930 and we are called with our fellow Russian travellers to board our machine for the day. Long bench seats reach along either side of the interior of our Mi-8 with access to porthole-esque windows looking out over the passing views below. Our 1hr 15min flight circles volcano after volcano, smoking calderas, turquoise blue volcanic lakes, 'screw-ridden' perfect cones - when we talk of the land of fire and ice we think of hobbit-like landscapes.

Believe me this is better; although I do find my mind wondering along the lines of orc armies, secret rings and pointy hatted wizards.

Accessed by well constructed boardwalks we wander through this volcanic landscape being talked through the history and natural environment by Kiril our local guide who twins as heli-ski guide in the winter and rock god in his local band at night.
Back to our aerial transport for a 7min hop to Uzon caldera a vast collapsed volcano cone with steaming lakes, bubbling mid holes and sharp clawed paw prints from local ursine inhabitants. An hrs walk brings us through this beautiful landscape of turquoise waters all set to he backdrop of snow filled gulleys and towering volcanic peaks.

Our next hop is to our bathing spot for the day. A thermal spring of about 40 degrees, soaking our bones in the mercuric waters and then dining on salmon amidst lush sedge grasses and surrounded by ridge line after ridge line of volcanic wall.

Our final flight brings us back to PK following an intense day of never ending landscapes. Kamchatka may have been slow to let us in but now we are well and truly captivated.

Kuril lake and a steaming volcanic caldera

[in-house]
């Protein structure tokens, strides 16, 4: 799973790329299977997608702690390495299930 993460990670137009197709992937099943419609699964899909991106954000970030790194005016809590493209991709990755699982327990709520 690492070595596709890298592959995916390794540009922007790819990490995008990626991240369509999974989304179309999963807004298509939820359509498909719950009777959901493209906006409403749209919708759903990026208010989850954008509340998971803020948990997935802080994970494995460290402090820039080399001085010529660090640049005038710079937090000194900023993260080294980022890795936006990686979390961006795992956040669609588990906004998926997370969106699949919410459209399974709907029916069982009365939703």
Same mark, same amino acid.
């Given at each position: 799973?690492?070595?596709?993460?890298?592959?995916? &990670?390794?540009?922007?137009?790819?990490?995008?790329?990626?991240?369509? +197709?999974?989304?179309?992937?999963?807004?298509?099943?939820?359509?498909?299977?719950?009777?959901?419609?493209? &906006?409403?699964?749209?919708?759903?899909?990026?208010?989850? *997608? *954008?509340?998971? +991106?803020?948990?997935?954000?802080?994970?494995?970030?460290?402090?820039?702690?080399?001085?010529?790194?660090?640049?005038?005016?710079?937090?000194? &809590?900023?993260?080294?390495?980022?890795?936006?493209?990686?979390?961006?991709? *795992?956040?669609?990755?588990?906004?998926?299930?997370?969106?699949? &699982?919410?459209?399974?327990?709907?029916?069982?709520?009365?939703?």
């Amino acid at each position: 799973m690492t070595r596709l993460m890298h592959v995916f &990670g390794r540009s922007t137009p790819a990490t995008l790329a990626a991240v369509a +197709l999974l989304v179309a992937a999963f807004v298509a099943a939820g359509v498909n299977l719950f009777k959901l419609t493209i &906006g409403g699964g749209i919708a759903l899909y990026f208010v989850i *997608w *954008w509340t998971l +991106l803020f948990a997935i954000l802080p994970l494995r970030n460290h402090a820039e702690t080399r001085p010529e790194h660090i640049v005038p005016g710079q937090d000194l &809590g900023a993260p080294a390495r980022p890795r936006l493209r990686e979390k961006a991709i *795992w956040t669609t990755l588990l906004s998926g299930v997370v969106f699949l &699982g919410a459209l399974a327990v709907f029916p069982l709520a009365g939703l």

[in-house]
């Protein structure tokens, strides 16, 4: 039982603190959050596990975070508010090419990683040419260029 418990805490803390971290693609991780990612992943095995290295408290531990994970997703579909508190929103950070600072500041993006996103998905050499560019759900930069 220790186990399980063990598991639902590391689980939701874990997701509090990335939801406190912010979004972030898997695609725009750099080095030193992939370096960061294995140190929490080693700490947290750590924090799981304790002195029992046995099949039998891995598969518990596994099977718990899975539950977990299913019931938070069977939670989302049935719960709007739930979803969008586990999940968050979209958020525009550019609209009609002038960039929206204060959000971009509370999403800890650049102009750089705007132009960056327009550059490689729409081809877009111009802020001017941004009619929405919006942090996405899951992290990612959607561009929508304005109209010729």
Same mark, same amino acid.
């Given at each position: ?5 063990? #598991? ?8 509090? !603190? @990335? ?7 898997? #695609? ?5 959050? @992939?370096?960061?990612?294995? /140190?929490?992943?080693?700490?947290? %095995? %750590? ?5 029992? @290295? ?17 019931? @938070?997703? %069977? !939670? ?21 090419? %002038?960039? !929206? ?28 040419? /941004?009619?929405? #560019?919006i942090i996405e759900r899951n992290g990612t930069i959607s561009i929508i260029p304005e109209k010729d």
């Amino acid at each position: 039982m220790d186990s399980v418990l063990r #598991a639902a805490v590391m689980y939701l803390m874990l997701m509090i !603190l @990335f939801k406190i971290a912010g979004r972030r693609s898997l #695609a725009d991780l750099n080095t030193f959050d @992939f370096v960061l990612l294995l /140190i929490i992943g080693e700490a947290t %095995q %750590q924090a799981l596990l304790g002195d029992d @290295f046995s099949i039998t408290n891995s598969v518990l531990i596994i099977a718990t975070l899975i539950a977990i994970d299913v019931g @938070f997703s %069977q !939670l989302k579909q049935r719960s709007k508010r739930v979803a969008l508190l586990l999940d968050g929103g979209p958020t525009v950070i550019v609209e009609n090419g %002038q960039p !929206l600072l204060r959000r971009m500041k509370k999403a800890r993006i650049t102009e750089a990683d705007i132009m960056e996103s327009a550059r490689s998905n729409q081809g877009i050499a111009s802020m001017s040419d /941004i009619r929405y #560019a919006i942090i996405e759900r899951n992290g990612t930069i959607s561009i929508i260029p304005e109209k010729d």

Kuril lake and a steaming volcanic caldera

A return to the heli-port for the hotly anticipated Kuril Lake flight. This time we have shorter flight but no less dramatic; volcanoes glide by beneath us as we approach 'Apocalypse Now' style to the vast freshwater lake of Kuril. With the highest sockeye salmon population in the world, Kuril is home to a vast array of bears that we spot from our heli prowling the shores as we approach our landing site.


Whilst our excursions at Kuril last only for a few hours, the potential here - and in the nearby vicinity - is huge. Big brown bears plough the local streams and rivers for salmon during the spawning season, feasting themselves on fresh meat and caviar before retiring to the hills for their winter slumber.


As their mum sniffs the air, we notice a big male bear slowly approaching from the south and with lumbering urgency the mum and cubs disappear through the green treeline and into the dense forest beyond.

Continuing on we board our chopper and hop onwards to a steaming volcanic caldera where the waters within our reach are burning hot, yet only centimetres further out they dissipate into a chilly coolness. As I look around it dawns on me the sheer scale of what we are doing; a volcanic wilderness all to ourselves, our heli perched on the steaming lakeshore, no one in sight, no tourist comforts to hand, Kamchatka at its best.